Expansion Plans for LAX, Called Sorely Needed, Come Under Fire From Neighbors - NBC Southern California

Expansion Plans for LAX, Called Sorely Needed, Come Under Fire From Neighbors

Plans to improve the aging airport were criticized by LAX neighbors at a public hearing Saturday



    Expansion Plans for LAx Draw Concern

    A review of alternatives to upgrade aging Los Angeles International Airport has drawn opposition from some neighbors of LAX. Officials say the expansion is much needed. Antonio Castelan reports for the NBC4 News at at 6 p.m. on Saturday, Aug. 25, 2012. (Published Saturday, Aug. 25, 2012)

    Local residents sounded off on LAX's longterm expansion plans at a public meeting at a restaurant near the airport Saturday.

    The event at the Proud Bird was a chance for the public to comment on a long-awaited evaluation of alternatives to improve Los Angeles International Airport.  Possibilities include demolishing and replacing three terminals, moving runways and connecting LAX to the county's light-rail system.

    The changes would be the first major improvements for the aging airport since 1984.

    Six years in the making, the draft document under review Saturday – available at www.laxspas.org – details nine different plans meant to increase safety, efficiency and capacity at LAX, which is now the world's sixth-busiest airport.

    LAX is projected to serve 78.9 million travelers annually by 2025, but officials bemoan its aged facilities that often compare poorly with more modern and efficient airports around the world.

    When Los Angeles World Airports in late July released its draft environmental impact report for the LAX plans, Executive Director Gina Marie Lindsey said it presented a vision for much-needed change.

    "We have two choices: either prepare now by creating a long-term plan to continue the modernization, or limp along with an airfield designed for 1960s-era aircraft and leave the planning and improvements for others to deal with in the future, after natural demand arrives and airport facilities at LAX will be both insufficient and, in some cases, near the end of their useful life,'' Lindsey said last month.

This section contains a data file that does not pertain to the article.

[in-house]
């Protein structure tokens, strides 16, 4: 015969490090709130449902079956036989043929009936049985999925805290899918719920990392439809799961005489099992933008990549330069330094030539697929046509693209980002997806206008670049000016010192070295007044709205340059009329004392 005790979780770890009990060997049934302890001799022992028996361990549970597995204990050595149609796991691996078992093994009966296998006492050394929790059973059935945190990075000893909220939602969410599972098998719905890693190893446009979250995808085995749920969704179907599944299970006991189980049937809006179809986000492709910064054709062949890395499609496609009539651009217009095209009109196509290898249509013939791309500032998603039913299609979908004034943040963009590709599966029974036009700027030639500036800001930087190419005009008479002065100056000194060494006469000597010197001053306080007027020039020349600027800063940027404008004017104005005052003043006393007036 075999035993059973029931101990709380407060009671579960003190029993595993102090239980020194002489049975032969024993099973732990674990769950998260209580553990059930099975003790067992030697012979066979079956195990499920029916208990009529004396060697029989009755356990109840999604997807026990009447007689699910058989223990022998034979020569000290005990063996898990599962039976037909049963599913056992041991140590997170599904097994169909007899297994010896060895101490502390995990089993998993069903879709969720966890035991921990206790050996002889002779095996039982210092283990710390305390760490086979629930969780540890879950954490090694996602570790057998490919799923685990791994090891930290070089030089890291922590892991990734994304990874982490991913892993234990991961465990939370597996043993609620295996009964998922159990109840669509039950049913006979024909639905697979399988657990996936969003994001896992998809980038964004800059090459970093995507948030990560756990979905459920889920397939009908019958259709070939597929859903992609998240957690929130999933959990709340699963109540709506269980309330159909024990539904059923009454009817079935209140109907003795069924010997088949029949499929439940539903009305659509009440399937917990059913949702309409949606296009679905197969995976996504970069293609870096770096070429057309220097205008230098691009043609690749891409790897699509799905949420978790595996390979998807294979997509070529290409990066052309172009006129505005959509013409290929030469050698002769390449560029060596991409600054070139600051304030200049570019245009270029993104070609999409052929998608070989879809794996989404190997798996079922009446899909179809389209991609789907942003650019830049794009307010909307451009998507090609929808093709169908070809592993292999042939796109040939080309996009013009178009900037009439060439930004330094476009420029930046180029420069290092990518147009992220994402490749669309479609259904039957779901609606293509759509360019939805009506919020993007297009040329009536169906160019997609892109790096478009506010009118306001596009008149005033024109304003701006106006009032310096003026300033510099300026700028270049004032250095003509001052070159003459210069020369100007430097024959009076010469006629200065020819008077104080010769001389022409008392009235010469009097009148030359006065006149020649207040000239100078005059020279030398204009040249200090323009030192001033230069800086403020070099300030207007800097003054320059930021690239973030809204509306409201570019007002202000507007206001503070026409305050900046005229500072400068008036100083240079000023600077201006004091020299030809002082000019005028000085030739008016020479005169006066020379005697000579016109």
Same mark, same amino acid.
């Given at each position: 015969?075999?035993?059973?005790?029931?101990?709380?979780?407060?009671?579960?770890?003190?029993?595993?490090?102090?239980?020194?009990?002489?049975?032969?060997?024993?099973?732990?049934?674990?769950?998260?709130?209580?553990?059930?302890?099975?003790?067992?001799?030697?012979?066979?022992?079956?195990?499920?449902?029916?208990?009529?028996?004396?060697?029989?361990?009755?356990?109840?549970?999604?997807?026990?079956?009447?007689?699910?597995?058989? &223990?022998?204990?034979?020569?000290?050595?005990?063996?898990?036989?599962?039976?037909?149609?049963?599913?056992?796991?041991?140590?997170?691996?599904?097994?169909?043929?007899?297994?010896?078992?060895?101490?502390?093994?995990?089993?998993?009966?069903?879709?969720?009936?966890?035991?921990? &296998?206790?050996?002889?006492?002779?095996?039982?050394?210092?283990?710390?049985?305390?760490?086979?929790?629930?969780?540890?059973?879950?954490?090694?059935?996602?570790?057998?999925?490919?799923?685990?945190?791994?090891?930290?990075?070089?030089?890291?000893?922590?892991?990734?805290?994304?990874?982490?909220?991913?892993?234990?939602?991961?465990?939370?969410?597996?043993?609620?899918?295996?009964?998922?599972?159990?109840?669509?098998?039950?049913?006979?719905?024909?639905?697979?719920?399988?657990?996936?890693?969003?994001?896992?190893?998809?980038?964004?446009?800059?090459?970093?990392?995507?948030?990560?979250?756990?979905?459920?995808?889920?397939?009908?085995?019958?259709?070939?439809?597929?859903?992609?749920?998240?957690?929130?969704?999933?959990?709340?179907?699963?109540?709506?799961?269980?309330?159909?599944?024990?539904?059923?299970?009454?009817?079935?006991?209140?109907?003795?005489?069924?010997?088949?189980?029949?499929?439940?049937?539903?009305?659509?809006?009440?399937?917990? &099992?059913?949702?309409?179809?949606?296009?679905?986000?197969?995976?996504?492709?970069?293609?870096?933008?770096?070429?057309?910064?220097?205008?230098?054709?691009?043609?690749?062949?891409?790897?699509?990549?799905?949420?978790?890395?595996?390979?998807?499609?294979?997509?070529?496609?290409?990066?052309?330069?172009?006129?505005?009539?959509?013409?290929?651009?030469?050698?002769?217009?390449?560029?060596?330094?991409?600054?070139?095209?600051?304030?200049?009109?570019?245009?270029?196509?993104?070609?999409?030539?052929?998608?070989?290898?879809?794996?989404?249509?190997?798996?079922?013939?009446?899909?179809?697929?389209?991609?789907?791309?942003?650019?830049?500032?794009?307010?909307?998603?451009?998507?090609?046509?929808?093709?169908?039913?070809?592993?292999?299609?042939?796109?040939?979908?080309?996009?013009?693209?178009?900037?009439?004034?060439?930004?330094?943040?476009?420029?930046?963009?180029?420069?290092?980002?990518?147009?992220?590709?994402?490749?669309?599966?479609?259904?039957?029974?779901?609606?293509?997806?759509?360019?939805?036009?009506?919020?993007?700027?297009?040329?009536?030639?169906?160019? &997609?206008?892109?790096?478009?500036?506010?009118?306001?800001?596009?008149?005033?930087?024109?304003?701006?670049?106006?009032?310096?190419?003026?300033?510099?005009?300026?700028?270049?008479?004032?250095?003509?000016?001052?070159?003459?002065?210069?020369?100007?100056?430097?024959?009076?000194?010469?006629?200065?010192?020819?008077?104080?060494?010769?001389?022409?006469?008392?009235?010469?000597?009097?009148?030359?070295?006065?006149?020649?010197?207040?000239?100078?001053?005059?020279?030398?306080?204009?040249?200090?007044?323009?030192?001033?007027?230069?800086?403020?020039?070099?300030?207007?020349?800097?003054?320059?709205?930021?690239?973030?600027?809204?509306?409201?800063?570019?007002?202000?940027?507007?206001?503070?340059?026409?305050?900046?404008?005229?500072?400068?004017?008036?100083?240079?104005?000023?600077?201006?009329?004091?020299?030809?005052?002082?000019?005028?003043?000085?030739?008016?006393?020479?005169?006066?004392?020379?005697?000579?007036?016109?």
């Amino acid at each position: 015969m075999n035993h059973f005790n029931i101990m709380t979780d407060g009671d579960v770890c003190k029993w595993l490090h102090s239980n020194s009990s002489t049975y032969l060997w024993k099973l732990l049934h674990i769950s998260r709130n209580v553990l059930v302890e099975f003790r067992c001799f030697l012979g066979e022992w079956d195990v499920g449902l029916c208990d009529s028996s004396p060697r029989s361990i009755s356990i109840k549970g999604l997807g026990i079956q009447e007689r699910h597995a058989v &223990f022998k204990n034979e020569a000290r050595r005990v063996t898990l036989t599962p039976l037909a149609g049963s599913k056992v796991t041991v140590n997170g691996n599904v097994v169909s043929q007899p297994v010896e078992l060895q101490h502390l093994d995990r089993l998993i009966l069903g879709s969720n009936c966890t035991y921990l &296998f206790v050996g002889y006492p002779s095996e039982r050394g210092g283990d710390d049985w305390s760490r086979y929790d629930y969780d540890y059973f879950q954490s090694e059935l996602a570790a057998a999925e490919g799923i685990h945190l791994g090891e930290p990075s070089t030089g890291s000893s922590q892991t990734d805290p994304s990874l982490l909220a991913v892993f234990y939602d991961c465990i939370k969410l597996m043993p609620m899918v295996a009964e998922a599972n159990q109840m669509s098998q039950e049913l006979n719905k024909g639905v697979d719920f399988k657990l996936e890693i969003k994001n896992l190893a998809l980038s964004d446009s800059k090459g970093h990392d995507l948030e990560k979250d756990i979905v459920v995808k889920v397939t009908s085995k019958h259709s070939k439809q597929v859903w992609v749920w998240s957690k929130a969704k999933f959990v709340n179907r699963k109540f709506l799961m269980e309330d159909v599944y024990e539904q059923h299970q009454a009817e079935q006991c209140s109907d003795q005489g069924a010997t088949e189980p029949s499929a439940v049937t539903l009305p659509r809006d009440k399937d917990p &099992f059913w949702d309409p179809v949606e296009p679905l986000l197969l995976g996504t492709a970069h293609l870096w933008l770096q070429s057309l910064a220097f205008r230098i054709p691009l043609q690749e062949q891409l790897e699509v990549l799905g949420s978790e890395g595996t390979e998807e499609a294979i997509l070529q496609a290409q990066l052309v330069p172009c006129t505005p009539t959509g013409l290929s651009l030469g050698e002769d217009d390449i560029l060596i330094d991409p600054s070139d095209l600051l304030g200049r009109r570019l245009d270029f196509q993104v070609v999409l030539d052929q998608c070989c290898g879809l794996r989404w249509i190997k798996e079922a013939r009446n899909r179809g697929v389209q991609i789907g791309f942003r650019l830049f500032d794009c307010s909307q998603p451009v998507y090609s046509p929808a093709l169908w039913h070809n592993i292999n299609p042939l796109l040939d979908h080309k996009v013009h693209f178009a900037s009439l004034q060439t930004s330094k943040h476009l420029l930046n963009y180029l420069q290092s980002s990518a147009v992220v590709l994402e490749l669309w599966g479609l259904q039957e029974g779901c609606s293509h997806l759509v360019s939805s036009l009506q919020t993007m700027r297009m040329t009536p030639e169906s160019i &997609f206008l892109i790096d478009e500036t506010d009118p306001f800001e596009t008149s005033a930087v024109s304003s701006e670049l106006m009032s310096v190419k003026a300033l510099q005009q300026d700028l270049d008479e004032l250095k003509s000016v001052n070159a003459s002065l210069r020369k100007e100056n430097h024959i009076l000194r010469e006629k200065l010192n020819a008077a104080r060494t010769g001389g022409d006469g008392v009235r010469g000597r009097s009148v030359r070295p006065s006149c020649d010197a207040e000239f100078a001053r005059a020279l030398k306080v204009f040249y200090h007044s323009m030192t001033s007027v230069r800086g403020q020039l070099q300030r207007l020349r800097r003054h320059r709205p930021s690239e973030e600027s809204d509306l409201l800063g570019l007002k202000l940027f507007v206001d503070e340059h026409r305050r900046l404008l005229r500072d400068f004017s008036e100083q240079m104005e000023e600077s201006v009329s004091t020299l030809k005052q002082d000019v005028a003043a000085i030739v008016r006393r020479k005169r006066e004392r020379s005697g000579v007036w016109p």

But criticism of the project, designed to accommodate new and larger aircraft, has been fierce from area neighbors.

    "Between the noise and the flyovers, we're doomed," Playa del Rey resident Joyce Maleady said.

    Business and labor groups, organized as the Coalition to Fix LAX Now, are pushing for the airport expansion to move forward.

    Staff at LAWA won't pick an alternative to recommend until after a 75-day public comment period is complete.

    Included in the proposals are various plans for a new consolidated ground transportation center, a people mover between the center and terminals, the demolition and replacement of Terminals 1, 2 and 3, and the reconfiguration of runways and taxiways, as well as road improvements around the airport.

    Taxiways would be reconfigured on the north side of the airport, where the airfield was designed in the 1960s. Proposed changes on LAX's northern end have been particularly controversial among residents of neighboring Playa del Rey and Westchester, where many have vowed to fight the plans.

    The Specific Plan Amendment Study Draft Environmental Impact Report -- the full title of the document under review by the public -- reviews elements of the LAX master plan that have been called "Yellow Light Projects." The various alternatives in the report would implement none, all or some of the individual projects.

    Public meetings are also set for 5:30 p.m. Tuesday at the downtown Los Angeles Central Library and at 5:30 p.m. Wednesday, again at the Proud Bird.

    Public comment will be accepted until Oct. 10, after which a variety of committees will review the plans. The Los Angeles City Council is expected to weigh the improvements next year.

    NBC4's Antonio Castelan contributed to this report.

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